Clouds, Love, and Life: Joni Mitchell’s Use of the Hermeneutic Circle

Posted on July 9, 2011 by


I’d like to introduce you to something called the hermeneutic circle. It sounds all high-minded and philosophery, but don’t worry, it’s not as hard as it sounds. Theoretical terms rarely are. Unsurprisingly, the most thorough explanation can be found here  , but I’ll try my hardest to explain it the way I understand it and the way I was taught.

The Hermeneutic Circle

According to Heidegger, great big ideas rely upon tiny little details. When it comes to interpretation and analysis, understanding big ideas like the ones expressed in grand works of art is contingent upon understanding the little details about those works of art. Examining the details leads us to realizations about greater ideas, which are expressed through details, which form greater ideas, and so on and such like. It’s a circle because the two, little details and big ideas, rely upon each other. When you look at one, you’ll be led to the other, which will lead you back to where you began.

It’s cloud illusions I recall”

Many critics, when commenting upon Joni Mitchell’s music, note that covers of her compositions so frequently fall flat because her songs are just so personal. To which I say: yes and no. Yes, her songs are personal. No, that doesn’t mean that no one else can sing them. (Proof here, if you require it.) They’re so seemingly impenetrably personal because she uses the hermeneutic circle. Mitchell imbues her songs with the tiniest, most mundane and fantastical details, which make her songs highly personal. Yet somehow she also manages to communicate some great joy or grief with which we can all identify. She does this by employing the hermeneutic circle, starting with the details first, then circling out to the big ideas.

Let me explain. I’ll use “Both Sides Now”  (lyrics here), which is a personal favorite and uses the hermeneutic circle most cleverly. The song uses an AAB/AAB/AABB format with each AAB focusing on a different topic: clouds, love, and life.

We start with clouds:

Rows and flows of angel hair
And ice cream castles in the air
And feather canyons everywhere
I’ve looked at clouds that way

But now they only block the sun
They rain and snow on everyone
So many things I would have done
But clouds got in my way
I’ve looked at clouds from both sides now

From up and down, and still somehow
It’s cloud illusions I recall
I really don’t know clouds at all

She starts with this very specific detail: cloud gazing. She not only shares the fact that she does it, but the particular pictures she sees in the clouds. Some days she sees castles, some days rain. She’s seen both the optimist’s and pessimist’s side of the clouds. Yet someone’s approach to cloud gazing doesn’t seem to say a lot about, well, anything.

It’s not until the second AAB that we get to a bigger, grander idea. Love:

Moons and Junes and Ferris wheels
The dizzy dancing way you feel
As ev’ry fairy tale comes real
I’ve looked at love that way

But now it’s just another show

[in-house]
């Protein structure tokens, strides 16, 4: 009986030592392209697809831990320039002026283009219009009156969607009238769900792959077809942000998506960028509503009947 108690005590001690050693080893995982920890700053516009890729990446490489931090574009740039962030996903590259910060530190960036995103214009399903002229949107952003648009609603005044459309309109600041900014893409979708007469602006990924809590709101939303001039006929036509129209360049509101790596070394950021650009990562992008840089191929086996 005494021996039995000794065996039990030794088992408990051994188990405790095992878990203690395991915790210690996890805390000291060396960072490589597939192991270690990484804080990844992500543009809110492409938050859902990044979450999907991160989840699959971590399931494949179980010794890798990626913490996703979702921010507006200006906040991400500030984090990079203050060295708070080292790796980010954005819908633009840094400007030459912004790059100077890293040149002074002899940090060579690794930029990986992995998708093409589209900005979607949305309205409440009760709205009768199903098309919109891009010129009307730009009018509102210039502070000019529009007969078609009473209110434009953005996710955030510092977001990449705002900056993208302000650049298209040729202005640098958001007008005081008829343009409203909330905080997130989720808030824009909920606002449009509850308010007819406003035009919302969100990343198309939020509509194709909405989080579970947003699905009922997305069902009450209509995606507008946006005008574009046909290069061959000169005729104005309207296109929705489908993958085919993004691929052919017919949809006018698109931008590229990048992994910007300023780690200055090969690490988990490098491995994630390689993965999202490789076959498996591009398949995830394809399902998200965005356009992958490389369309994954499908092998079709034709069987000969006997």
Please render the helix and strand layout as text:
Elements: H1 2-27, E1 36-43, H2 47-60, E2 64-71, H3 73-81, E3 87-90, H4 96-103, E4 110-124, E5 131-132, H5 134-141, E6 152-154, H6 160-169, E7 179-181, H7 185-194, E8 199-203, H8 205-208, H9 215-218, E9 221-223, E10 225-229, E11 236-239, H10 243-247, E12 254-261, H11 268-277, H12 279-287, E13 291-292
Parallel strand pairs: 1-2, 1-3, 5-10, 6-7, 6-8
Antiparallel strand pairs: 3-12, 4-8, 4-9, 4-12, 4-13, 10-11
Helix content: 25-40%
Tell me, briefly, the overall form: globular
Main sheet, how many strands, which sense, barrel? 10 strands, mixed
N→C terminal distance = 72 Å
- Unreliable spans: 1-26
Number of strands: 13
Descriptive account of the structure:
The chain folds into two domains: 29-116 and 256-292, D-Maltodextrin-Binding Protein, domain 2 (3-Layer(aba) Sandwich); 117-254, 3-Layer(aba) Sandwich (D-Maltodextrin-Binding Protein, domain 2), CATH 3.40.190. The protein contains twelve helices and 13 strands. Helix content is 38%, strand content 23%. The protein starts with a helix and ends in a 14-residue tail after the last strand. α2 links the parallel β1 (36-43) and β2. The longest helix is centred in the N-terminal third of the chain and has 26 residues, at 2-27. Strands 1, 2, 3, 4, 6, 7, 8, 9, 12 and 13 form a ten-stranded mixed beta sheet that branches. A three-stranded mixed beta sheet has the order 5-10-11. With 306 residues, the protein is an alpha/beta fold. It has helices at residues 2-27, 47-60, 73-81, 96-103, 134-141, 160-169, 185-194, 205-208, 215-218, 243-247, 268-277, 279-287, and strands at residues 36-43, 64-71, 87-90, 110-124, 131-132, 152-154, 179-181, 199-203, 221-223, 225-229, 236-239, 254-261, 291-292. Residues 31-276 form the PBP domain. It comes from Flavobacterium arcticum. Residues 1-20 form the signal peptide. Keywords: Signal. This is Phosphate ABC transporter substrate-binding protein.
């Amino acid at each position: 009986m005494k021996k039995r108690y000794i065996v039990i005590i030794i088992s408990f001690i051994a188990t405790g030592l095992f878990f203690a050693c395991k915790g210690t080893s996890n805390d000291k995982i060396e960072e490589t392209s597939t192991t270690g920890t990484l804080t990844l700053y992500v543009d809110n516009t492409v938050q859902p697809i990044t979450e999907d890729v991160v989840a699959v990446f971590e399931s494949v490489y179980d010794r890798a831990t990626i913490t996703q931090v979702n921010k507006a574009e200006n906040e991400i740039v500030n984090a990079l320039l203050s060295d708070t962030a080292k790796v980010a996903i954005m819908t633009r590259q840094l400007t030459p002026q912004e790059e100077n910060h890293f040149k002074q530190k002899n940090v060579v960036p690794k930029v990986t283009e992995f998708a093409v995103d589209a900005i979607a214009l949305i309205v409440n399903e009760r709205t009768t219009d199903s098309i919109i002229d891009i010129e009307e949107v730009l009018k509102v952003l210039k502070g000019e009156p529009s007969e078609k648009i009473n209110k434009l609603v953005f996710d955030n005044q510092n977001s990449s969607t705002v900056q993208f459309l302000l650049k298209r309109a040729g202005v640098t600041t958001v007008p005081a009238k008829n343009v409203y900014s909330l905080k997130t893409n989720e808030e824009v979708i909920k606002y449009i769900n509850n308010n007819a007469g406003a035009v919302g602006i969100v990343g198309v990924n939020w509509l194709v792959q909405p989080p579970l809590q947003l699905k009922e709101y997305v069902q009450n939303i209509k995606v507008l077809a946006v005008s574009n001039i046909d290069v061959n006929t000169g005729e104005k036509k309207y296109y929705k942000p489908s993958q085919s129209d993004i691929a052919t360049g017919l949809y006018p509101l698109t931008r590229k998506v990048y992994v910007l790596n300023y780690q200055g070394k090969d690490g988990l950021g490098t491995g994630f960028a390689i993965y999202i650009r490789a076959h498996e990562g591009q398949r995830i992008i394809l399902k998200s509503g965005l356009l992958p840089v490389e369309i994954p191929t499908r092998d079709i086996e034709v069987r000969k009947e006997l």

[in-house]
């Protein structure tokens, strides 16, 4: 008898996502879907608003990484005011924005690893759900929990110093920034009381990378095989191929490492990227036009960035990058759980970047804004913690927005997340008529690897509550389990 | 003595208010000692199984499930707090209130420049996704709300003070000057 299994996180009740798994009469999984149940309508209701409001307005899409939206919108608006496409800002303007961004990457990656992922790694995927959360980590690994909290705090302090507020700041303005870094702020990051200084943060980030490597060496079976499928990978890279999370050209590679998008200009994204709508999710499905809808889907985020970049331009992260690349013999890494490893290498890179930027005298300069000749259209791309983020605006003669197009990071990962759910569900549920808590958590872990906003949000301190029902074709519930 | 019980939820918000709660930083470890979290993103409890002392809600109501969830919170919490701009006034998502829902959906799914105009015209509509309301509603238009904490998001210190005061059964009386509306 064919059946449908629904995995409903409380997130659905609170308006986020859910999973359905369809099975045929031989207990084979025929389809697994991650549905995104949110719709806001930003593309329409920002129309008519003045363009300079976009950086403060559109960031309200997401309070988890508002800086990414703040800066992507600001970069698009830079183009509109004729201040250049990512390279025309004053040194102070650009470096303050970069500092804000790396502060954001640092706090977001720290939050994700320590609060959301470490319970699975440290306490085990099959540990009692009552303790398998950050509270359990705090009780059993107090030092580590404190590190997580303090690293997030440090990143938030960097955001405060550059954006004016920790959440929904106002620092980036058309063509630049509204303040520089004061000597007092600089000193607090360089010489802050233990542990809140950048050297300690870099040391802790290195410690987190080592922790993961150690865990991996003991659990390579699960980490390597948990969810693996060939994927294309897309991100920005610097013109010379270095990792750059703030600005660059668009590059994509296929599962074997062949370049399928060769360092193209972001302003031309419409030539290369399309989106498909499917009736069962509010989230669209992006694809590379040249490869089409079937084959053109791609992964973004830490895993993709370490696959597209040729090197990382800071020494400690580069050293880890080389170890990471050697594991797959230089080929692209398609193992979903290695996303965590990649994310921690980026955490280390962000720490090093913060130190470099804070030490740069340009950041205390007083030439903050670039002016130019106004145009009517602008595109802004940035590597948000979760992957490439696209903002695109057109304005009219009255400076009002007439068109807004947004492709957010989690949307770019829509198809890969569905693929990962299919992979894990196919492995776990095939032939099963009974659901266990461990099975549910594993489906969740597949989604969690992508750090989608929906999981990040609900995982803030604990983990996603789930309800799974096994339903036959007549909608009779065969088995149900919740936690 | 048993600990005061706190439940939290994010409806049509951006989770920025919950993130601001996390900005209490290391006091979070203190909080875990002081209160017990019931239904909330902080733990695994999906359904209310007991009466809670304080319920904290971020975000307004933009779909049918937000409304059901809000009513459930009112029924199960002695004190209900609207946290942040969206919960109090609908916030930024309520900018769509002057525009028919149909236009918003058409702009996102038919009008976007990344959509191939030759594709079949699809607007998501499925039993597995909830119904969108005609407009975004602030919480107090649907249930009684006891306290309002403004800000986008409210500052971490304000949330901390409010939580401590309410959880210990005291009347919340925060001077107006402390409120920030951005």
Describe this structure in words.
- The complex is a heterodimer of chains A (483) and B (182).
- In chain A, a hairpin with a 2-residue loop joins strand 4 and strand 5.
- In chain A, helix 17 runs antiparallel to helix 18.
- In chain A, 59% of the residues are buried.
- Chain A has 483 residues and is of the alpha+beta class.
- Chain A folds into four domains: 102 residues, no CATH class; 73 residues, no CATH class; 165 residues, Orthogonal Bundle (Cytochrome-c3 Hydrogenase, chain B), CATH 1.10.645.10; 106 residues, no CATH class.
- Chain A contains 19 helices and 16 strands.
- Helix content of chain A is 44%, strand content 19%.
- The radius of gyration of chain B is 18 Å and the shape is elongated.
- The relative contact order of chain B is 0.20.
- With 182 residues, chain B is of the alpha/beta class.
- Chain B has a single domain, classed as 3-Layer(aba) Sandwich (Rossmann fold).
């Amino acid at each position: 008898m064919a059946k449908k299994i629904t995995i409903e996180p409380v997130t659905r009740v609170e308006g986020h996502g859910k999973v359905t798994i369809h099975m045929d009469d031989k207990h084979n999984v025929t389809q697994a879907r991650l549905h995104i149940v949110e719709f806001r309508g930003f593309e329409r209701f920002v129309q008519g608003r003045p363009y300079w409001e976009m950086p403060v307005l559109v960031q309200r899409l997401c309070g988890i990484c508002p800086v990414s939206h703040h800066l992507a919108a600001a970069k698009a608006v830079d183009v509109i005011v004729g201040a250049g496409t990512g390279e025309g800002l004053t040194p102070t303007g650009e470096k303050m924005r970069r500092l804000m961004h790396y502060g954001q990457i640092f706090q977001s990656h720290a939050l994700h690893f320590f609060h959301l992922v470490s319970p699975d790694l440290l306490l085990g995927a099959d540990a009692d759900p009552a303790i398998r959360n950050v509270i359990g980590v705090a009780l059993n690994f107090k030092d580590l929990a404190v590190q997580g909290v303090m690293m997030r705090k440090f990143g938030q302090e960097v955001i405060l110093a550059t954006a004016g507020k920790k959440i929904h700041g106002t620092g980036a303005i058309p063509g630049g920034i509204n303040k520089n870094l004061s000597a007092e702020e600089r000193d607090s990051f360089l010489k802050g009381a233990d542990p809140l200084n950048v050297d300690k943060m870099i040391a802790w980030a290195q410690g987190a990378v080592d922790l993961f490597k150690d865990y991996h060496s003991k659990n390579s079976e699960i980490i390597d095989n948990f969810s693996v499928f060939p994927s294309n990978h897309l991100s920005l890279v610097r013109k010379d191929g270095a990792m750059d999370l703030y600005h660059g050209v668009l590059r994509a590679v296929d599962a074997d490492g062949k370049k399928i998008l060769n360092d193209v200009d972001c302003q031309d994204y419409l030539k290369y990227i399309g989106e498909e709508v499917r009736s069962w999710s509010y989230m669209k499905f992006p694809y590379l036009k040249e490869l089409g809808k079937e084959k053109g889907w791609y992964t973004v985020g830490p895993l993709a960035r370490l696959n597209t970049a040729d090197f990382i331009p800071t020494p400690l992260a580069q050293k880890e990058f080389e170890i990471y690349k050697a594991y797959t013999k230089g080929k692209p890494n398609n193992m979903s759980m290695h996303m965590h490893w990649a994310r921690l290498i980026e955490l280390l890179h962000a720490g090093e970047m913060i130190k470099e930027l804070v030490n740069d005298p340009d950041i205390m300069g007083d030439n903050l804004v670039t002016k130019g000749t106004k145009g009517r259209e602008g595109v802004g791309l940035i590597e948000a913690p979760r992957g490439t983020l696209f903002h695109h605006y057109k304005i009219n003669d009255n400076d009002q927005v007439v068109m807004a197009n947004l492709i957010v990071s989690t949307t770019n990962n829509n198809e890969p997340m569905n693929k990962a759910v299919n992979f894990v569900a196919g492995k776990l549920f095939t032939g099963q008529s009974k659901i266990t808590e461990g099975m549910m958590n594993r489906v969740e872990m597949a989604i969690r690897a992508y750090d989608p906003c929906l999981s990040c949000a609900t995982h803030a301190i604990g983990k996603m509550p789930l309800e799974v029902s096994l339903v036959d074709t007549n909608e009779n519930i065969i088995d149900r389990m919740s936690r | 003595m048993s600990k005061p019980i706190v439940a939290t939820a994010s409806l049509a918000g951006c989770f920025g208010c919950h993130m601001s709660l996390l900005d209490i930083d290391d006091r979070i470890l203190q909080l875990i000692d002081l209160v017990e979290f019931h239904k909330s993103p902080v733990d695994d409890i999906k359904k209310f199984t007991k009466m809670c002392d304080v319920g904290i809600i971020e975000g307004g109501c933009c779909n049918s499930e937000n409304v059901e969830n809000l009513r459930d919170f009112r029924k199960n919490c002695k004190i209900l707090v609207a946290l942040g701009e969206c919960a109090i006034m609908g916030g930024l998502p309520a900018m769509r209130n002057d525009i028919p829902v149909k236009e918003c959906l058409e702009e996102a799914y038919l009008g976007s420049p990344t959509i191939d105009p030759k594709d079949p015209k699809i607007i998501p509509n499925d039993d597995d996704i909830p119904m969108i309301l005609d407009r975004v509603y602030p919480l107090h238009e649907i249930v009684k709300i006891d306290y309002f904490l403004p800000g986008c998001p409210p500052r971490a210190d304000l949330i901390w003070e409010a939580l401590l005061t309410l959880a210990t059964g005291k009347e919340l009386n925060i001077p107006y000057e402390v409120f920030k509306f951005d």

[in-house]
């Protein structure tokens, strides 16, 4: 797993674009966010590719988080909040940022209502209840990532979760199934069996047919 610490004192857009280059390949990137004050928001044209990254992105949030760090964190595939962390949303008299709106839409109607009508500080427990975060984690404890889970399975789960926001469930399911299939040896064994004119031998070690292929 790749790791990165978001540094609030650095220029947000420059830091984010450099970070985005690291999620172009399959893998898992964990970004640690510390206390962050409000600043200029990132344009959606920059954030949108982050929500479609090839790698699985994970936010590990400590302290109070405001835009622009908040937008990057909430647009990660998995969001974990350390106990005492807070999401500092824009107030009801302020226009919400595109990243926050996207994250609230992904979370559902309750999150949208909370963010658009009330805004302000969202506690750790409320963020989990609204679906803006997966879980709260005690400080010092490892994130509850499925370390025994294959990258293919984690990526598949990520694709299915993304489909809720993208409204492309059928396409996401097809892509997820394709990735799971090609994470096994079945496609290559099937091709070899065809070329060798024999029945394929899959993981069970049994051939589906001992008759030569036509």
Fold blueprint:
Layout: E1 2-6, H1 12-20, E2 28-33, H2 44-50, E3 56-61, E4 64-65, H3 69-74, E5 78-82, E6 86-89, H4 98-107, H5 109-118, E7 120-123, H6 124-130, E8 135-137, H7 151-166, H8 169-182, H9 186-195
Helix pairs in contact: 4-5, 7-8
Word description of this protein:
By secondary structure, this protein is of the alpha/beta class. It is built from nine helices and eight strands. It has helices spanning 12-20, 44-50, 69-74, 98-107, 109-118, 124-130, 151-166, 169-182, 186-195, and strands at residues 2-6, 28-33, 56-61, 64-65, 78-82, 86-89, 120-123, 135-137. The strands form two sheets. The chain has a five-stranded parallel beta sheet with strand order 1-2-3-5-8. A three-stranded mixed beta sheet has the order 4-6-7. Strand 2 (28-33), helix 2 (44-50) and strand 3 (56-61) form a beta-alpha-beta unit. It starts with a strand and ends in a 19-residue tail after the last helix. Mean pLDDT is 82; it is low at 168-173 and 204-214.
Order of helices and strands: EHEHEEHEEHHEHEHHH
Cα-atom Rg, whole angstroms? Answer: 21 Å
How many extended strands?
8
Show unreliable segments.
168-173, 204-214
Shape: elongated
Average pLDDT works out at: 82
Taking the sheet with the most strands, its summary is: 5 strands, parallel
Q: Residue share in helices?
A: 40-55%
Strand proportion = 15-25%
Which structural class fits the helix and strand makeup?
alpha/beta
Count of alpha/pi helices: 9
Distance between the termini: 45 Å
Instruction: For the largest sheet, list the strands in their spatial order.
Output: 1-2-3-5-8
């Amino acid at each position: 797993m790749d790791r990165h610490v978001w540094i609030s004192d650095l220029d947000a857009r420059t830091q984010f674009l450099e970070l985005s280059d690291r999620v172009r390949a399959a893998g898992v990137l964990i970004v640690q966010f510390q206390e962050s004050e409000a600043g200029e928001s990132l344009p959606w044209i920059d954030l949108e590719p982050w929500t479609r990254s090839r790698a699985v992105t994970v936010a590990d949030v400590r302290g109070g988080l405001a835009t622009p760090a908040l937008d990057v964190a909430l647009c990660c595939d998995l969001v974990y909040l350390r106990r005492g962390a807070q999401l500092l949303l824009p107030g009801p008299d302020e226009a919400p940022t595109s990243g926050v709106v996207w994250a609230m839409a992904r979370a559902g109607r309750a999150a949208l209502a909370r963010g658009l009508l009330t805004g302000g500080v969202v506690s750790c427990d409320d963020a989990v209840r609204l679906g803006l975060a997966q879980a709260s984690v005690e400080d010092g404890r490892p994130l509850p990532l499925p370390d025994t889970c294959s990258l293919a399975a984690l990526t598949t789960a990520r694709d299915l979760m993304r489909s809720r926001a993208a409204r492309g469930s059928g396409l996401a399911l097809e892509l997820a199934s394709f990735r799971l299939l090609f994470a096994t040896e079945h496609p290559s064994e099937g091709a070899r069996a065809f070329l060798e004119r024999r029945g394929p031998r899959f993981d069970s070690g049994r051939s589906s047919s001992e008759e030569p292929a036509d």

You leave ’em laughing when you go
And if you care, don’t let them know
Don’t give yourself away

I’ve looked at love from both sides now
From give and take, and still somehow
It’s love’s illusions I recall
I really don’t know love at all

Tears and fears and feeling proud
To say “I love you” right out loud
Dreams and schemes and circus crowds
I’ve looked at life that way

This seems like a jump from the specific to the general – after all, how many hundreds of songs can you name composed about love? – but Mitchell grounds her big ideas in the little details, the moons and Junes and Ferris wheels of her own experience, while still keeping them relatable by speaking of them in the second person. She makes even the least romantic listener commiserate with “the dizzy dancing way you feel” just as she advises them to hide their latent romanticism – “don’t let them know”. Here, the romantic’s and the cynic’s sides are both expressed by examining the specifics of love.

Finally, she brings out the big guns:

Tears and fears and feeling proud
To say “I love you” right out loud
Dreams and schemes and circus crowds
I’ve looked at life that way

But now old friends are acting strange
They shake their heads, they say I’ve changed
Well something’s lost, but something’s gained
In living every day

I’ve looked at life from both sides now
From win and lose and still somehow
It’s life’s illusions I recall
I really don’t know life at all
I’ve looked at life from both sides now
From up and down, and still somehow
It’s life’s illusions I recall
I really don’t know life at all

After circling around the subject with increasingly general observations on love, Mitchell gets to the point of “Both Sides Now”, the great life experiences we can all relate to, the tears, fears, and hubris of life.

What the hell was she talking about?”

All this talk of clouds and Ferris wheels seems hippy-dippy; in fact, I recall a cultural commentator whose name I can’t recall asking, “I liked that song, but what the hell was she talking about?” However, the song’s meaning is really quite clear when we employ the hermeneutic circle. Mitchell is trying to talk about life in general by first talking some seemingly woo-woo nonsense about clouds, then waxing more specifically about love, then getting to the goods. She traps listeners with details, luring us in, making us feel that, since we’ve related to the tiny details, we can also relate to her grand pronouncements on “life’s illusions”. As listeners, we follow her as she musically inscribes the hermeneutic circle.

Posted in: Music, Philosophy